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Are Healthcare Orgs Dumping Today’s Interoperability Tech?

Posted on December 8, 2016 I Written By

Anne Zieger is veteran healthcare consultant and analyst with 20 years of industry experience. Zieger formerly served as editor-in-chief of FierceHealthcare.com and her commentaries have appeared in dozens of international business publications, including Forbes, Business Week and Information Week. She has also contributed content to hundreds of healthcare and health IT organizations, including several Fortune 500 companies. Contact her at @ziegerhealth on Twitter or visit her site at Zieger Healthcare.

Recently, I took a survey on interoperability issues sponsored by a health IT organization. And one of their questions seemed so interesting — to me at least — that I thought I’d share it with you.

As part of the survey, the HIT group asked how healthcare organizations planned to split their future investments in interoperability, on a scale ranging from 20% technology/80% services to 100% technology. (In the “services” category, they were looking for investments which would transform core technologies to achieve higher value interoperability goals, such as improved clinical workflow integration or significant practice outcomes.)

As I see it, this was not only a good but a provocative question as well. On the surface, I admit, it sounds like a routine query, which attempts to get a feel for what resources healthcare groups may already have invested in interoperability and how they plan to support those investments. Looked at that way, it was a fairly routine inquiry as such surveys go.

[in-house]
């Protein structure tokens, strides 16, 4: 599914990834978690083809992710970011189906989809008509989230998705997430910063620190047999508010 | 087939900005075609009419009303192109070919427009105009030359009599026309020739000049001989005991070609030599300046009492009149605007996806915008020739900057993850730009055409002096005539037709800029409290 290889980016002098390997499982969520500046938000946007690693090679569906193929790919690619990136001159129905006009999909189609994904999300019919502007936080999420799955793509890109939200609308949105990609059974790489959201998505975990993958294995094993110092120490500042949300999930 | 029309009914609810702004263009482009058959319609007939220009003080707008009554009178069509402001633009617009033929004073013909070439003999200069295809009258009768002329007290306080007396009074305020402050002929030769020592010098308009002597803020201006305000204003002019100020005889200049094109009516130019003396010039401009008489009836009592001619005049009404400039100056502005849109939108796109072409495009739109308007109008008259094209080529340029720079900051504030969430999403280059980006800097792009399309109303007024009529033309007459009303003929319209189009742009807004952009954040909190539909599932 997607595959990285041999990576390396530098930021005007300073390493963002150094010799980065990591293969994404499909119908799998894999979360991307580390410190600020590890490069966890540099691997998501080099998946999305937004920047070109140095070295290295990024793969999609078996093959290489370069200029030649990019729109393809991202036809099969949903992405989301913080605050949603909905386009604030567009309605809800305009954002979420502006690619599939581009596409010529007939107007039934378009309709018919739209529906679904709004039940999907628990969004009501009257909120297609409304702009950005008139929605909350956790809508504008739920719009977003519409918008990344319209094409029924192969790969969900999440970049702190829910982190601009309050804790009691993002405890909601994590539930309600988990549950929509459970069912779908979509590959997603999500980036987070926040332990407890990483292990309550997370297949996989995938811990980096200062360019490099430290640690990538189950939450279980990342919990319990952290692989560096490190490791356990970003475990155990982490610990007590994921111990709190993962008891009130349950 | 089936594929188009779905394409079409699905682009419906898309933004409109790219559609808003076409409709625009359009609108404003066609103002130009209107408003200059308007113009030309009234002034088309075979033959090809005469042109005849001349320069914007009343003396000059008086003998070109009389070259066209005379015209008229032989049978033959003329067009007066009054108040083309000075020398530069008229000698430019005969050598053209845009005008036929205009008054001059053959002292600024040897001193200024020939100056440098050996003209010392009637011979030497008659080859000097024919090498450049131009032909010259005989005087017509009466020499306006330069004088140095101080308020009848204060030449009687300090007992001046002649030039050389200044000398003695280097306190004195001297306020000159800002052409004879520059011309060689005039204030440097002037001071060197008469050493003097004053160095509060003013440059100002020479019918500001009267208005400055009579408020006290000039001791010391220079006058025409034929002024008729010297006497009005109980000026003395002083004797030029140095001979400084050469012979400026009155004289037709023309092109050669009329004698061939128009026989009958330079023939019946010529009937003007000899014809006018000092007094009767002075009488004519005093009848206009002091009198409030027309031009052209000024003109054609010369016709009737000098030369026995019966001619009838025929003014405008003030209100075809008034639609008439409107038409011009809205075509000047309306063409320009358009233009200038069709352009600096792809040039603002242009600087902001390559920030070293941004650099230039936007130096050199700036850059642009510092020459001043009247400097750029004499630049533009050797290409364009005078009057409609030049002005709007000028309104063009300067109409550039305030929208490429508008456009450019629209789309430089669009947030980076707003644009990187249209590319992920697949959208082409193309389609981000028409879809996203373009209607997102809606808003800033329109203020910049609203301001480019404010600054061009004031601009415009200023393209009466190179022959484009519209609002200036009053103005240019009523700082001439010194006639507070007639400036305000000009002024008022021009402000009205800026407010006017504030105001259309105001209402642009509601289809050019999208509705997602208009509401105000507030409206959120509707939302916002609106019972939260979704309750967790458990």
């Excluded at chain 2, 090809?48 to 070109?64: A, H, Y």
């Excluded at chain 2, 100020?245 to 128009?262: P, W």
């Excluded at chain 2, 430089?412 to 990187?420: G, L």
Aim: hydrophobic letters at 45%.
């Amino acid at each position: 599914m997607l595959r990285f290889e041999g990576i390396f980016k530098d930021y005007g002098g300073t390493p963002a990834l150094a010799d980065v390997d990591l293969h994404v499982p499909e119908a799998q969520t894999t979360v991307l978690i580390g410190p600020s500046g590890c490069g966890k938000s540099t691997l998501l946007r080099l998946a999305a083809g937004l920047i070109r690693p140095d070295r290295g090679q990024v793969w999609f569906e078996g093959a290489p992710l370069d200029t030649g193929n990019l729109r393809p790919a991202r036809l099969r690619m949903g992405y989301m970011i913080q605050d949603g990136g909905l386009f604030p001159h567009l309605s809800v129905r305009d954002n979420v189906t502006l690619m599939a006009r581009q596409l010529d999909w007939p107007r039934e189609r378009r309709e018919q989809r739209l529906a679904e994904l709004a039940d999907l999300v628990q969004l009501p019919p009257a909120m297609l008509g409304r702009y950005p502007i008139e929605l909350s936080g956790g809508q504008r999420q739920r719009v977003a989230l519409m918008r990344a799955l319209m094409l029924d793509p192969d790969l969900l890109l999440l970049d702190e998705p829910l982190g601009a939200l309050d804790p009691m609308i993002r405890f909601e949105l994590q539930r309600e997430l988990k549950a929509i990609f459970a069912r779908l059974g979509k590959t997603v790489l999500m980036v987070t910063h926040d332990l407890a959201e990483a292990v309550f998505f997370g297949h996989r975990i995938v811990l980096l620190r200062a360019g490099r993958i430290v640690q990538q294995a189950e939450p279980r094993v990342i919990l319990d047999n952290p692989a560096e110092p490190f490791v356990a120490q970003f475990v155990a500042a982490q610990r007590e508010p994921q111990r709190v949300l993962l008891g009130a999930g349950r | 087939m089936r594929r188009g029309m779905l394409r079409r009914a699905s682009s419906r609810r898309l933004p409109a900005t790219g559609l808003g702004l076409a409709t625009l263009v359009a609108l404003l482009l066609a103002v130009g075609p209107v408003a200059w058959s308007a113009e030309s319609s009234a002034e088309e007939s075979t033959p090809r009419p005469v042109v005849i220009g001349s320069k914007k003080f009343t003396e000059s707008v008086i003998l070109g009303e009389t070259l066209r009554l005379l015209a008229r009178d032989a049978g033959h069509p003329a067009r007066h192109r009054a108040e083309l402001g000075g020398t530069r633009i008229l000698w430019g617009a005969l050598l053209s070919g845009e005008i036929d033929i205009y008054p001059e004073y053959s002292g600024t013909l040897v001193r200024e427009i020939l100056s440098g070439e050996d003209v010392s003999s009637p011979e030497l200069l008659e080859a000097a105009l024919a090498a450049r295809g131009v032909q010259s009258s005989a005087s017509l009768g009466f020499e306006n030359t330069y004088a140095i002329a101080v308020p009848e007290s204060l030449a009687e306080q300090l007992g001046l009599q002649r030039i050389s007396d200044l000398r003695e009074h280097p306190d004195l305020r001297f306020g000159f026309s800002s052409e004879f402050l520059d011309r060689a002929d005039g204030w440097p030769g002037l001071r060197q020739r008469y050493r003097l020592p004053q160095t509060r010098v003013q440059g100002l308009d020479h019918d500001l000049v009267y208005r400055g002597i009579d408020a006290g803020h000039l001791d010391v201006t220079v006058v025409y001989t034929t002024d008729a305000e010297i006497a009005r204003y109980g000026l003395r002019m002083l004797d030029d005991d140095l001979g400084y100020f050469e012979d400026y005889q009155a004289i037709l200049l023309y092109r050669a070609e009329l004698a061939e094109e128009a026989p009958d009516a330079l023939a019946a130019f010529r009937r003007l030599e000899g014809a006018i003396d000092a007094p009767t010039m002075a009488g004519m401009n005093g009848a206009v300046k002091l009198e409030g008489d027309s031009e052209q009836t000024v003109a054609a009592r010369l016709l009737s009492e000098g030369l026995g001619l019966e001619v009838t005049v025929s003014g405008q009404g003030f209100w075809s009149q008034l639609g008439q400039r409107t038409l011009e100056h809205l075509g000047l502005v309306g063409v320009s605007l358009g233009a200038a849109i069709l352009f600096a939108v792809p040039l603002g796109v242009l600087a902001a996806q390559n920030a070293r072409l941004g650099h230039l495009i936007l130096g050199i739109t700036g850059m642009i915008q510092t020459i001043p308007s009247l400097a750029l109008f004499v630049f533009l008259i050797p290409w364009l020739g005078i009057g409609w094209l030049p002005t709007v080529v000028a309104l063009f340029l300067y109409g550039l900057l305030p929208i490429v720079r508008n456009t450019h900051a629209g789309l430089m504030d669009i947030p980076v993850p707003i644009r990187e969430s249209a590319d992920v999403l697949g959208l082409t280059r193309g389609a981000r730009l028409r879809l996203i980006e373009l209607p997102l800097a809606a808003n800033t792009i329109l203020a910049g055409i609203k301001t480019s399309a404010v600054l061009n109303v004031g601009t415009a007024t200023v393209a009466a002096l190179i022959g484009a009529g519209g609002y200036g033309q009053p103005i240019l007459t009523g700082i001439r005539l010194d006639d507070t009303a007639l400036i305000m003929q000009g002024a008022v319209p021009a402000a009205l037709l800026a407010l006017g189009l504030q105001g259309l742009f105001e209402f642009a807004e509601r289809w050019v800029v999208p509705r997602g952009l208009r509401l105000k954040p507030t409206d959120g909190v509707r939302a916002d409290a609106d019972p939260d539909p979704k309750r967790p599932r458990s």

But I believe that there’s another way to look at this question, and I bet the authors did too. To my mind, the question is really evaluating whether respondents think current interoperability technology will ever meet their needs, and how far along they are in making that decision. In other words, answering this question says a lot about the strategy and vision for the future, not just how you plan to keep the infrastructure running.

How does this work? To choose one obvious example, organizations that expect to spend 100% of their future interoperability budget on new technology obviously aren’t fans of the technologies available today. That suggests, to me, that they’ve also lost patience to a greater or lesser degree with other current interoperability approaches like FHIR or the use of HIE technology. They probably doubt their current EHR vendor will ever play ball either.

Meanwhile, organizations that expect to spend 80% of the future interoperability budget on related services may be making the opposite statement. Either they are satisfied that the technology they’ve got is at least performing adequately, can be enhanced to perform adequately or can be repurposed if the right services are put in place. The difference between the two may be as simple as whether they’re in a strong partnership with the right vendor, or a difference in philosophy, but either way this group is hunkered down.

As for those in the middle, who expect to vote 40% to 80% of their budget to new technology, it’s harder to read where they’re headed. But assuming the health IT organization repeats the survey in future years, it will be interesting to how the organizations in the middle progress. My guess is that over the next few years, surveys like these will tell us pretty definitively whether current approaches to interoperability can survive.

101 Tips to Make Your EMR and EHR More Useful – EHR Tips 1-5